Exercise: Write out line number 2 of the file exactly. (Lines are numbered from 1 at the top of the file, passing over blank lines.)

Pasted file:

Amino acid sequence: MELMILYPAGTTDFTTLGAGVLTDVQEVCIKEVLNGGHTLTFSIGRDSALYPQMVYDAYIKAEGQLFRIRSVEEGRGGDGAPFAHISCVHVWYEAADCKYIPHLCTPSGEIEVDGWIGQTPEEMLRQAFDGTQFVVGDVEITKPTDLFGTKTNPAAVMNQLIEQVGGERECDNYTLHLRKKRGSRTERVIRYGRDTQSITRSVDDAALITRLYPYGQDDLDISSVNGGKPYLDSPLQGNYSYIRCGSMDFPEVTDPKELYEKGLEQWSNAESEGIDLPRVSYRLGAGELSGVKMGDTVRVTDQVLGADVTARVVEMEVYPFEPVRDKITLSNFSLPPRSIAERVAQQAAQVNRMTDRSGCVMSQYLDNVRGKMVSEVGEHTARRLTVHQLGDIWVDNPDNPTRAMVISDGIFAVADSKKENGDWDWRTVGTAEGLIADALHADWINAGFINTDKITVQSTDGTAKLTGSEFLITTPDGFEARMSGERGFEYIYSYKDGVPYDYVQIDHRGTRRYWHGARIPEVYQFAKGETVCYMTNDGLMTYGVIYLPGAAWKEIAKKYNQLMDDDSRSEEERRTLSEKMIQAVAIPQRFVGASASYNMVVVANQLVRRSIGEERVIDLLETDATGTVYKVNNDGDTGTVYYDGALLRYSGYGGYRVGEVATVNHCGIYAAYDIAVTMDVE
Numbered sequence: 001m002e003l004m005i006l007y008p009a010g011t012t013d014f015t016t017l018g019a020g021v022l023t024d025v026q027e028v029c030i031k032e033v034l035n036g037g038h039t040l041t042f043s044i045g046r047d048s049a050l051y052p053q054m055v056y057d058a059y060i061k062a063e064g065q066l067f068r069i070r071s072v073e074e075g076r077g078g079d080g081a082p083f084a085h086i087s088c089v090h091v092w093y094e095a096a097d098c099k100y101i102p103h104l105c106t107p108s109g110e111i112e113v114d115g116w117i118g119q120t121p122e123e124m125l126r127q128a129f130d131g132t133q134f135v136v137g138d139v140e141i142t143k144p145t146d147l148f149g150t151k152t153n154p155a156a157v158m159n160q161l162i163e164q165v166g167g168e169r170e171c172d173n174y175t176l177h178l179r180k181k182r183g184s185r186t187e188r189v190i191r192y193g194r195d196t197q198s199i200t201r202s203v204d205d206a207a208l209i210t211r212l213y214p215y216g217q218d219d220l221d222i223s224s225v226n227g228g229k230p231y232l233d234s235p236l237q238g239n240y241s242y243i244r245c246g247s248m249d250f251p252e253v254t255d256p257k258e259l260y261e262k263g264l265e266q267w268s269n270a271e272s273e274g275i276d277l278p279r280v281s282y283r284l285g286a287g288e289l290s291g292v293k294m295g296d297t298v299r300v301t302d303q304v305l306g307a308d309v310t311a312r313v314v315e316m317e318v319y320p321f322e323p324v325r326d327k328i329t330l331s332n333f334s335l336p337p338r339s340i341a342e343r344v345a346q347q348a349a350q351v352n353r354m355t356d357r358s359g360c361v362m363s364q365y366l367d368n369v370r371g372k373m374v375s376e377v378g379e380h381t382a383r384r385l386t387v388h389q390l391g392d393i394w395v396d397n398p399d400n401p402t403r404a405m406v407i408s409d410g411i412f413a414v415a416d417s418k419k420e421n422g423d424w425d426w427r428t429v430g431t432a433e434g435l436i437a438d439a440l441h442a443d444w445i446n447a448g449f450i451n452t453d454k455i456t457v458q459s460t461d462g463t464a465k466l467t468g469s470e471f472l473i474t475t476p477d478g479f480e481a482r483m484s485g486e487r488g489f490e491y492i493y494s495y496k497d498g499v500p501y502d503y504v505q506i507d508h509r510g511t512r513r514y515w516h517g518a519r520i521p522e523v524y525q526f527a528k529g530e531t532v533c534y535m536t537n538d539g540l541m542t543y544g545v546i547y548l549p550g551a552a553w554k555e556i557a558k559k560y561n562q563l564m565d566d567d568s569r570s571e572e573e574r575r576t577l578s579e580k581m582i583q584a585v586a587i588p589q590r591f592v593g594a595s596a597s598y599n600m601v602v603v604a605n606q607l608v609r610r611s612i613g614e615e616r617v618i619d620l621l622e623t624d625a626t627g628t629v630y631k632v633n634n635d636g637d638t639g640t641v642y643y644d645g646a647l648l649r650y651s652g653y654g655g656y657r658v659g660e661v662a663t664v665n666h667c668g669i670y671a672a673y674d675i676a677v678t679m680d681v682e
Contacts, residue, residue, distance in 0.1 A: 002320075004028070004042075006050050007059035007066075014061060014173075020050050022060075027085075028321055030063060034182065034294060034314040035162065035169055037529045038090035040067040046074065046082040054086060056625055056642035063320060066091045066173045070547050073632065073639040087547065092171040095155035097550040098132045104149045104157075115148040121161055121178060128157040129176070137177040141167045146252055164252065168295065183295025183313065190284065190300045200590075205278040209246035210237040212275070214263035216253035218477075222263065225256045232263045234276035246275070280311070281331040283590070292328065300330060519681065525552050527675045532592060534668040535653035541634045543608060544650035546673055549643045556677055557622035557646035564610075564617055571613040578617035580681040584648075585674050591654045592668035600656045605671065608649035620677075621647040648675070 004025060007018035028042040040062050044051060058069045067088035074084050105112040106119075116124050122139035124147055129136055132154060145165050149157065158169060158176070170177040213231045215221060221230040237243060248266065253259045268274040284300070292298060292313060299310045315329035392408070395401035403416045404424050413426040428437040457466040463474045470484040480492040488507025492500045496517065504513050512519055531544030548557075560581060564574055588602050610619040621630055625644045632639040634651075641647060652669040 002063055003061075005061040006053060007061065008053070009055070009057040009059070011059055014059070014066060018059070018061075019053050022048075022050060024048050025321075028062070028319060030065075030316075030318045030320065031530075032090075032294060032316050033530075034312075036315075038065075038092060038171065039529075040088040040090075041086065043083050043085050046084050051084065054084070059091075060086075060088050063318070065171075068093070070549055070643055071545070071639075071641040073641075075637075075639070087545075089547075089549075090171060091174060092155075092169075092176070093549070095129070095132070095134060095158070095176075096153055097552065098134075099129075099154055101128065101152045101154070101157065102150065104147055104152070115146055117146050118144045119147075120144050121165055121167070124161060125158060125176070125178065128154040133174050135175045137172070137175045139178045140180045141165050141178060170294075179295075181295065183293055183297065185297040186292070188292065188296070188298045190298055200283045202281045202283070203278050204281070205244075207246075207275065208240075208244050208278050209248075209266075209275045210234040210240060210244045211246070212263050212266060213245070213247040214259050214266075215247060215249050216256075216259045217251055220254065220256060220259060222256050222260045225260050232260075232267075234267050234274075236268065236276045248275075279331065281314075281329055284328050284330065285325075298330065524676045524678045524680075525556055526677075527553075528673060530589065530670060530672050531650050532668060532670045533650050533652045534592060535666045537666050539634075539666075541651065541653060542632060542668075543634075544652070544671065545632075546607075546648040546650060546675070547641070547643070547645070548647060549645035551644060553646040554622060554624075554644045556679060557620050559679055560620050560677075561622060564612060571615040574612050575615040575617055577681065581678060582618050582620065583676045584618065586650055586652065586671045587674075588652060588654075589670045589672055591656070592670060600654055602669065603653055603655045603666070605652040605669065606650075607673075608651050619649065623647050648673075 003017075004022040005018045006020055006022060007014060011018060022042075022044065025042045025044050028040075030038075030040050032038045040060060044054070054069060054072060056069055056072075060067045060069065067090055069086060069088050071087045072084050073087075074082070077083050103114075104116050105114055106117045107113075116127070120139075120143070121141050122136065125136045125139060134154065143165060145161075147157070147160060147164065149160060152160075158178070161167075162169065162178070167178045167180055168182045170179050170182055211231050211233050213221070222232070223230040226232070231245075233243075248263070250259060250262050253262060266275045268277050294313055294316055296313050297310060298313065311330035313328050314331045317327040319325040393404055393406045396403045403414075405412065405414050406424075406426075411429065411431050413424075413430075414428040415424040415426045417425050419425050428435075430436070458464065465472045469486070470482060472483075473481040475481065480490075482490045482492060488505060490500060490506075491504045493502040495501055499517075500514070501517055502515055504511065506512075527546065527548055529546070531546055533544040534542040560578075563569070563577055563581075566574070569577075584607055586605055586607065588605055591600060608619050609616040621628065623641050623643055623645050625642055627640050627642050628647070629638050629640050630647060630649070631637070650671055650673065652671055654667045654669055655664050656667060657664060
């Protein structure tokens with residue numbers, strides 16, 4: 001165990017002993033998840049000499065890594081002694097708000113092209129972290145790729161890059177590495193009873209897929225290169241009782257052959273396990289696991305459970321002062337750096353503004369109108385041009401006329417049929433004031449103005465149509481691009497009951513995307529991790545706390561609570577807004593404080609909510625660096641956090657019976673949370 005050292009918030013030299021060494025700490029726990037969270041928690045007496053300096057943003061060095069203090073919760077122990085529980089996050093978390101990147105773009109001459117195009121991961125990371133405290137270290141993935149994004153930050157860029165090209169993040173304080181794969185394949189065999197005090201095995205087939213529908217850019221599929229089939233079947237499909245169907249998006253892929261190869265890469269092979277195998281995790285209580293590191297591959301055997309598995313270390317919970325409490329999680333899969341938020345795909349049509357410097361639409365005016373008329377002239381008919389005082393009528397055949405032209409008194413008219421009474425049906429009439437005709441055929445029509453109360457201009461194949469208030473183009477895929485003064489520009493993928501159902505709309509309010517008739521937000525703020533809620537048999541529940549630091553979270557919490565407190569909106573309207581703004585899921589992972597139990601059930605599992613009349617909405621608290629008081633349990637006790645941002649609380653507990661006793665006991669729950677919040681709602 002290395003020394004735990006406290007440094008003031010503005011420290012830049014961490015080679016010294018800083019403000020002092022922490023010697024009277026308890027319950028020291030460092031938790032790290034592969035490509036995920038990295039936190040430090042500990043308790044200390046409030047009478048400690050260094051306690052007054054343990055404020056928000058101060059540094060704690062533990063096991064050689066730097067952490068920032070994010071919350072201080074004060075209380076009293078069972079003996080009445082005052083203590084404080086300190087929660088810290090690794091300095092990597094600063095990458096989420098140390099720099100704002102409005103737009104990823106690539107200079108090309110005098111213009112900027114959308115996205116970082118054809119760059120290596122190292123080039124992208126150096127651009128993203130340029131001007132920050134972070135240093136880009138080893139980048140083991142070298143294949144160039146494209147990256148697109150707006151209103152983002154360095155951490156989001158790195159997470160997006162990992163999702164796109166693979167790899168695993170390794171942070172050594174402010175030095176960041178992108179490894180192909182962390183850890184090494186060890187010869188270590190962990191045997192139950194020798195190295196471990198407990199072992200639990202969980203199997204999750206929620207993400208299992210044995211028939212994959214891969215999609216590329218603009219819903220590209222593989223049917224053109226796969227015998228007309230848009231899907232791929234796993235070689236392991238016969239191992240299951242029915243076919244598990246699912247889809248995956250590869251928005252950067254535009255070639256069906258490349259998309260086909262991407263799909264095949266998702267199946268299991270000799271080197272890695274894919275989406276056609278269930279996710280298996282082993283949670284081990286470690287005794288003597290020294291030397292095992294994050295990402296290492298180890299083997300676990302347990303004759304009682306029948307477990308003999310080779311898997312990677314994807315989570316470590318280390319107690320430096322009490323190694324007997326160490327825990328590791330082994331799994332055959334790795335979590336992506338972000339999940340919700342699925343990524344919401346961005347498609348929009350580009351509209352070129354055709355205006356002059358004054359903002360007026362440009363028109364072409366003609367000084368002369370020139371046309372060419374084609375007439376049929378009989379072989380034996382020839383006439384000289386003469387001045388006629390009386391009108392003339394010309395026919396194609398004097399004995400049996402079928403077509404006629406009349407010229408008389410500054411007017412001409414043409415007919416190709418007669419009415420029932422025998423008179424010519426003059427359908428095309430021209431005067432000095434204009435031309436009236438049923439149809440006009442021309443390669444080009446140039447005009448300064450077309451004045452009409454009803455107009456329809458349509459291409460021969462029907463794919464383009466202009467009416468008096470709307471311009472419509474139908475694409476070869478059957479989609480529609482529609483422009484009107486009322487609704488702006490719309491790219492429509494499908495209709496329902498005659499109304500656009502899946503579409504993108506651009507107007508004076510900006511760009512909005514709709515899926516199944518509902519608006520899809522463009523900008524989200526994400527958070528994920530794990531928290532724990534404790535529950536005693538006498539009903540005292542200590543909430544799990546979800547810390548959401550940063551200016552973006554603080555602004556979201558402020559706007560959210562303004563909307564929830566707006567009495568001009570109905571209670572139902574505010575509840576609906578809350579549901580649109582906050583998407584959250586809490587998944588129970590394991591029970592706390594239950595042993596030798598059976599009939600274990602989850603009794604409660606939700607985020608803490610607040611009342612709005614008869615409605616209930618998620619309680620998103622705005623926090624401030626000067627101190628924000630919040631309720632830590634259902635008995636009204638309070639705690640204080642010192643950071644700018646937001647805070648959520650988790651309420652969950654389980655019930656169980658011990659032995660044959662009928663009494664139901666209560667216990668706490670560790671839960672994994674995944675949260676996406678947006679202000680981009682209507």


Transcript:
Numbered sequence: 001m002e003l004m005i006l007y008p009a010g011t012t013d014f015t016t017l018g019a020g021v022l023t024d025v026q027e028v029c030i031k032e033v034l035n036g037g038h039t040l041t042f043s044i045g046r047d048s049a050l051y052p053q054m055v056y057d058a059y060i061k062a063e064g065q066l067f068r069i070r071s072v073e074e075g076r077g078g079d080g081a082p083f084a085h086i087s088c089v090h091v092w093y094e095a096a097d098c099k100y101i102p103h104l105c106t107p108s109g110e111i112e113v114d115g116w117i118g119q120t121p122e123e124m125l126r127q128a129f130d131g132t133q134f135v136v137g138d139v140e141i142t143k144p145t146d147l148f149g150t151k152t153n154p155a156a157v158m159n160q161l162i163e164q165v166g167g168e169r170e171c172d173n174y175t176l177h178l179r180k181k182r183g184s185r186t187e188r189v190i191r192y193g194r195d196t197q198s199i200t201r202s203v204d205d206a207a208l209i210t211r212l213y214p215y216g217q218d219d220l221d222i223s224s225v226n227g228g229k230p231y232l233d234s235p236l237q238g239n240y241s242y243i244r245c246g247s248m249d250f251p252e253v254t255d256p257k258e259l260y261e262k263g264l265e266q267w268s269n270a271e272s273e274g275i276d277l278p279r280v281s282y283r284l285g286a287g288e289l290s291g292v293k294m295g296d297t298v299r300v301t302d303q304v305l306g307a308d309v310t311a312r313v314v315e316m317e318v319y320p321f322e323p324v325r326d327k328i329t330l331s332n333f334s335l336p337p338r339s340i341a342e343r344v345a346q347q348a349a350q351v352n353r354m355t356d357r358s359g360c361v362m363s364q365y366l367d368n369v370r371g372k373m374v375s376e377v378g379e380h381t382a383r384r385l386t387v388h389q390l391g392d393i394w395v396d397n398p399d400n401p402t403r404a405m406v407i408s409d410g411i412f413a414v415a416d417s418k419k420e421n422g423d424w425d426w427r428t429v430g431t432a433e434g435l436i437a438d439a440l441h442a443d444w445i446n447a448g449f450i451n452t453d454k455i456t457v458q459s460t461d462g463t464a465k466l467t468g469s470e471f472l473i474t475t476p477d478g479f480e481a482r483m484s485g486e487r488g489f490e491y492i493y494s495y496k497d498g499v500p501y502d503y504v505q506i507d508h509r510g511t512r513r514y515w516h517g518a519r520i521p522e523v524y525q526f527a528k529g530e531t532v533c534y535m536t537n538d539g540l541m542t543y544g545v546i547y548l549p550g551a552a553w554k555e556i557a558k559k560y561n562q563l564m565d566d567d568s569r570s571e572e573e574r575r576t577l578s579e580k581m582i583q584a585v586a587i588p589q590r591f592v593g594a595s596a597s598y599n600m601v602v603v604a605n606q607l608v609r610r611s612i613g614e615e616r617v618i619d620l621l622e623t624d625a626t627g628t629v630y631k632v633n634n635d636g637d638t639g640t641v642y643y644d645g646a647l648l649r650y651s652g653y654g655g656y657r658v659g660e661v662a663t664v665n666h667c668g669i670y671a672a673y674d675i676a677v678t679m680d681v682e